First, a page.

Players run through drills during practice Wednesday afternoon at Glacier Peak High School in Snohomish. (Kevin Clark / The Herald)

Players run through drills during practice Wednesday afternoon at Glacier Peak High School in Snohomish. (Kevin Clark / The Herald)

Prep football is back: 5 storylines to watch as practice begins

High school football teams opened the season Wednesday with the first day of practices across the state.

High school football teams across the state hit the field Wednesday for their first practices of the season.

The opening day of practice is always a much-anticipated day for players and coaches alike, filled with excitement and optimism about the upcoming season.

But this year, it certainly carried some extra significance.

After the coronavirus pandemic wiped away last year’s fall season and left local teams with an abbreviated spring slate, Wednesday marked the official start of what teams hope will be a return to normalcy.

“The kids are really, really excited,” Marysville Pilchuck coach Brandon Carson said. “We had our team meeting (Tuesday) night and you could just see (it) in their eyes. … They’re really chomping at the bit to get out there and have somewhat of a normal season.”

Last year, prep football teams across the state were sidelined for the entire fall and most of the winter because of pandemic restrictions. For months, there was serious doubt as to whether there would be any sort of season at all.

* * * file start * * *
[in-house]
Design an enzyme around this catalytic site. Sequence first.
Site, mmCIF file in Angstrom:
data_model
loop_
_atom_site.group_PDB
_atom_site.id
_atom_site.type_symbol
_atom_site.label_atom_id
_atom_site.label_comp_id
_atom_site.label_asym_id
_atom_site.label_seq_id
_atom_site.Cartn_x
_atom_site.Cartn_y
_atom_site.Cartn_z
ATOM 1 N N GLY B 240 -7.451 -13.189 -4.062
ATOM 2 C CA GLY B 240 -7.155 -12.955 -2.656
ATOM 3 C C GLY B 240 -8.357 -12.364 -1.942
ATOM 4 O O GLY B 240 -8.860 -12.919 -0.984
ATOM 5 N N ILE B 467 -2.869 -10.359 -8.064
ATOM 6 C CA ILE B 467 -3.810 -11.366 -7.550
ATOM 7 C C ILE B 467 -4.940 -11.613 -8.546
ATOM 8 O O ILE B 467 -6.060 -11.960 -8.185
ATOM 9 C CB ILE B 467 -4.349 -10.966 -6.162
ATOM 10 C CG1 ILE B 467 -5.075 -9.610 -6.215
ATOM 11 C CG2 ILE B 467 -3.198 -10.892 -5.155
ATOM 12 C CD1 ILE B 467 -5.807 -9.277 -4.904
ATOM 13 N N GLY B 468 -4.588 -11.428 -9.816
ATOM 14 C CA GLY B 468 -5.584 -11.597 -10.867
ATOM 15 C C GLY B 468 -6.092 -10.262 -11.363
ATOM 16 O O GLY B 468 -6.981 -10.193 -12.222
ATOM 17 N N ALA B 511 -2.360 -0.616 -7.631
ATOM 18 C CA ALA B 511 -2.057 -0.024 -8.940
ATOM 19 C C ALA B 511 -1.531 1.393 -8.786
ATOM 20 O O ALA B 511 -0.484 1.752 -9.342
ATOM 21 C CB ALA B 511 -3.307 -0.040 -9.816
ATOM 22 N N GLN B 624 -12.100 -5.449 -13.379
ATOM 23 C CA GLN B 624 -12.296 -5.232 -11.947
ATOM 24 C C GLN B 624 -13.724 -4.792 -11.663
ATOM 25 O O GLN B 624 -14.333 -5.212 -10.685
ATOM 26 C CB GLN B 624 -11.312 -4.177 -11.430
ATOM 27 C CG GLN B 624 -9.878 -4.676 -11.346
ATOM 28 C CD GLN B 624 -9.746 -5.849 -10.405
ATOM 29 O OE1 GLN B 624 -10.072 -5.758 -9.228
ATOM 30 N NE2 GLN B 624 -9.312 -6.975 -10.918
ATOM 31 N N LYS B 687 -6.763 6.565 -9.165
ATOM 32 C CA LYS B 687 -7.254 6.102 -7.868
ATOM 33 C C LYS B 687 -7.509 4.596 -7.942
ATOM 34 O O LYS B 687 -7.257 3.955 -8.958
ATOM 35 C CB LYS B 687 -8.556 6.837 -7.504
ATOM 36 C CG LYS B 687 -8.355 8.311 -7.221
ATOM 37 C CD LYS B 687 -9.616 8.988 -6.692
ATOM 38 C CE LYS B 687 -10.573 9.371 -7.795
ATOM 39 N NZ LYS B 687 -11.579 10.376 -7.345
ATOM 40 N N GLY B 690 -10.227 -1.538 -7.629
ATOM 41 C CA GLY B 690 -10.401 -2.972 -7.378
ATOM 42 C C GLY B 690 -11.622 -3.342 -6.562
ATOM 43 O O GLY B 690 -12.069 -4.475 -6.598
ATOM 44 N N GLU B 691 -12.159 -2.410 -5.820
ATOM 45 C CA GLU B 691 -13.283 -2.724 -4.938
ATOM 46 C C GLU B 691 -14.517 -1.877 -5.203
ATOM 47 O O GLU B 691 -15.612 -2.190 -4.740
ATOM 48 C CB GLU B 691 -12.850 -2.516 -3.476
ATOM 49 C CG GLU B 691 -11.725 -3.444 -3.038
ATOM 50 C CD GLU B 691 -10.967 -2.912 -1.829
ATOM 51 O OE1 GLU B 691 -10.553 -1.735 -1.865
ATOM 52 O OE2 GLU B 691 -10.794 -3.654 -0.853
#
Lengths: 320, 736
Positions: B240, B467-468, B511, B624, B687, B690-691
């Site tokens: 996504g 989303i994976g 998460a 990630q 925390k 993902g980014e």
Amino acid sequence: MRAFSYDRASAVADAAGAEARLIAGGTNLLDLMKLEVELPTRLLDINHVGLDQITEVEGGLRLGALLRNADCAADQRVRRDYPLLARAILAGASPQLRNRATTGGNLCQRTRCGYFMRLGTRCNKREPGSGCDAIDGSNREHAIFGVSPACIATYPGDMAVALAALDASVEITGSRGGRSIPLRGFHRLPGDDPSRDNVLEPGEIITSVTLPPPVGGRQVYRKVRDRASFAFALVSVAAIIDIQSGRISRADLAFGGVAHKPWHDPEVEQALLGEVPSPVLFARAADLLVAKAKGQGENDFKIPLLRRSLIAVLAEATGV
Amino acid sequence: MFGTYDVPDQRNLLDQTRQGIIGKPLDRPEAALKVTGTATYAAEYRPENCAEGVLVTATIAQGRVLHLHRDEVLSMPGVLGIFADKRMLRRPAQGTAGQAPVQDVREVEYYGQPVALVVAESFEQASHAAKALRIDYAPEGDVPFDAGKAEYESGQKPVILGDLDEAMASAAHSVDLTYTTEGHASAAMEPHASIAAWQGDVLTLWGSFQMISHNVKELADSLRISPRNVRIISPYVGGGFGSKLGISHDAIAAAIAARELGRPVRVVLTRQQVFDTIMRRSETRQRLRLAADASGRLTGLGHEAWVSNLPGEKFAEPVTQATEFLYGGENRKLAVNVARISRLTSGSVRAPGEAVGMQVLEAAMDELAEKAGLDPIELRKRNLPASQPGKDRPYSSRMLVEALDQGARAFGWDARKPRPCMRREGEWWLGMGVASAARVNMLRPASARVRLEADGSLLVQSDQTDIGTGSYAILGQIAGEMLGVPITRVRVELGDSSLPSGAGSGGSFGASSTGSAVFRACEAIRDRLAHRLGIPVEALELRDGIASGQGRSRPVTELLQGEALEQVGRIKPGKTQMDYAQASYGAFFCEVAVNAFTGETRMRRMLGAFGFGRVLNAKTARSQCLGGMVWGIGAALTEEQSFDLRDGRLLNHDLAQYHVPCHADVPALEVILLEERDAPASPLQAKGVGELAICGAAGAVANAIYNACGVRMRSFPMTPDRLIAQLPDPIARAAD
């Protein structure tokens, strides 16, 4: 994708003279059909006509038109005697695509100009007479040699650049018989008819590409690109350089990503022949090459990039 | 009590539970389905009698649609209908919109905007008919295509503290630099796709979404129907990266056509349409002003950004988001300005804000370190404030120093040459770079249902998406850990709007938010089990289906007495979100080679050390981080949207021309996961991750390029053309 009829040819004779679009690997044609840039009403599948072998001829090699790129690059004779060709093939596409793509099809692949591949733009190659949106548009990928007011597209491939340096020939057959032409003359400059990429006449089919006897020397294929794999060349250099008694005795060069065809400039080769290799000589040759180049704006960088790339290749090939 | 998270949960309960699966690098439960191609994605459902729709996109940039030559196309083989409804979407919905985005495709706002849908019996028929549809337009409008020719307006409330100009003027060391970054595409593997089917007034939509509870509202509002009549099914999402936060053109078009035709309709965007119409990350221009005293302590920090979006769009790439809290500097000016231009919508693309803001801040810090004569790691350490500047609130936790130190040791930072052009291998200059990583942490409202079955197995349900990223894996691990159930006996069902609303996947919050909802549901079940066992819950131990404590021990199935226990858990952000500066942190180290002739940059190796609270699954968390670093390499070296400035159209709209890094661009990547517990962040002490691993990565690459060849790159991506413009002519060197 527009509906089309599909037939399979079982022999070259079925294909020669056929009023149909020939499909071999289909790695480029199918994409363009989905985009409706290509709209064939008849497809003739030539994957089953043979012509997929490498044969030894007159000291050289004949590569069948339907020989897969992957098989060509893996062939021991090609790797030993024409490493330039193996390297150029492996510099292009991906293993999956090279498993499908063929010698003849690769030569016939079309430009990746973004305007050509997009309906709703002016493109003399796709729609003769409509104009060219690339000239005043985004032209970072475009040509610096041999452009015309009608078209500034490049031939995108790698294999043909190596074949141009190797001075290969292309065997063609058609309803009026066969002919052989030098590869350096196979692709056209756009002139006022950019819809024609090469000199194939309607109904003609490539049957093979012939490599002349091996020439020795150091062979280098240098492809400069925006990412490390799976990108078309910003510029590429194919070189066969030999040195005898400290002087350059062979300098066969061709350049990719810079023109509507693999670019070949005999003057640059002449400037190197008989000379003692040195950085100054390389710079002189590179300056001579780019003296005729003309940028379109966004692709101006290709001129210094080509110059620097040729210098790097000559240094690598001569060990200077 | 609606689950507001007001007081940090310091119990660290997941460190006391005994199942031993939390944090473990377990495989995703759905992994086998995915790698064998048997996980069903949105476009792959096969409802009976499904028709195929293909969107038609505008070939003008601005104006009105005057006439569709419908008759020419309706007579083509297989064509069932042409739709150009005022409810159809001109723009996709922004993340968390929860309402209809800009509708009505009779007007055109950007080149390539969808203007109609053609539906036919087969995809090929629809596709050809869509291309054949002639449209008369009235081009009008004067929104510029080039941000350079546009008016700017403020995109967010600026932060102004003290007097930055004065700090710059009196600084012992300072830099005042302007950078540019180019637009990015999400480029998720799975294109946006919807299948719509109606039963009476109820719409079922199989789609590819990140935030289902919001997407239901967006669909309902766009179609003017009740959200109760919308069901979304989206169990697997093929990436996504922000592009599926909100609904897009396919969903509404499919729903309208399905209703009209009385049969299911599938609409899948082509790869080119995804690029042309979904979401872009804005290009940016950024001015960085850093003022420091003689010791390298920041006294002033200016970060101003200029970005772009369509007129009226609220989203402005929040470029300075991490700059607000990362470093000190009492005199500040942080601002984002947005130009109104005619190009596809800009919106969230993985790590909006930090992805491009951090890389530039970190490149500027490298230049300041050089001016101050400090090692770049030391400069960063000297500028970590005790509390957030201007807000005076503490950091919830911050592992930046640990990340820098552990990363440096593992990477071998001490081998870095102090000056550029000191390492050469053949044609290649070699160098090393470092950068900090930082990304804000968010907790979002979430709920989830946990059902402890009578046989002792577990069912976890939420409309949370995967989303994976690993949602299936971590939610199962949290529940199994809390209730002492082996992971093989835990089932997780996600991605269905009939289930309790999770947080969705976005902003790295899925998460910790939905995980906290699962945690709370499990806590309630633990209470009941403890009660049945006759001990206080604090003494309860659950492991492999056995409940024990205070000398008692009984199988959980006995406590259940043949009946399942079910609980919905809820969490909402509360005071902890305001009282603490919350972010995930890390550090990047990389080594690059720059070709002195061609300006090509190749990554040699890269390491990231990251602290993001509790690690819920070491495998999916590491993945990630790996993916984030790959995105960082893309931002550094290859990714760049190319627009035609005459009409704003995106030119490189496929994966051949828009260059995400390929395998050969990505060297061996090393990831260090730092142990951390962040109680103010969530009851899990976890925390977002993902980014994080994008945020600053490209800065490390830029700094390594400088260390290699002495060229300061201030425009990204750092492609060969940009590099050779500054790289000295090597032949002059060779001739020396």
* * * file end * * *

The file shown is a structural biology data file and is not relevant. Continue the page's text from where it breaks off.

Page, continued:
After restrictions were loosened, teams ultimately got to play an abbreviated spring slate. But it was only five games — about half the length of a normal season. And there were no league titles or postseason to play for.

This year, teams are slated to play a normal and full-length season — complete with state playoffs. The first night of games for local teams is Sept. 3.

“We’re just fired up — kids and coaches and everybody,” Glacier Peak coach Shane Keck said.

“The most important thing is that kids get a chance to play,” he added. “And for kids that missed half a season last year, that’s the best part about this. … They worked their tails off this summer and really put themselves in position to hopefully have a really good year.”

One of the biggest differences this year is the quick turnaround from the spring season to the start of fall practice.

Normally, teams have about nine months between seasons. This year, the gap was just four and a half months.

Jadon Claps makes a catch during practice Wednesday afternoon at Glacier Peak High School in Snohomish. (Kevin Clark / The Herald)

Jadon Claps makes a catch during practice Wednesday afternoon at Glacier Peak High School in Snohomish. (Kevin Clark / The Herald)

Glacier Peak opted for a relatively normal summer of offseason work. The Grizzlies held two weeks of practice, attended a modified team camp, played in 7-on-7 events and did weight training.

Marysville Pilchuck, meanwhile, chose to bypass a team camp and scrimmages. Instead, the Tomahawks focused mostly on strength and conditioning. Carson said that was largely because of the quick turnaround and the luxury of his team returning so many starters who got experience this spring.

“We just kind of wanted to heal our kids up and just get after it in the weight room,” Carson said. “… We had a lot of kids that got a lot of live reps against some really good competition (this spring), so that’s why we didn’t scrimmage like some of the other schools did.”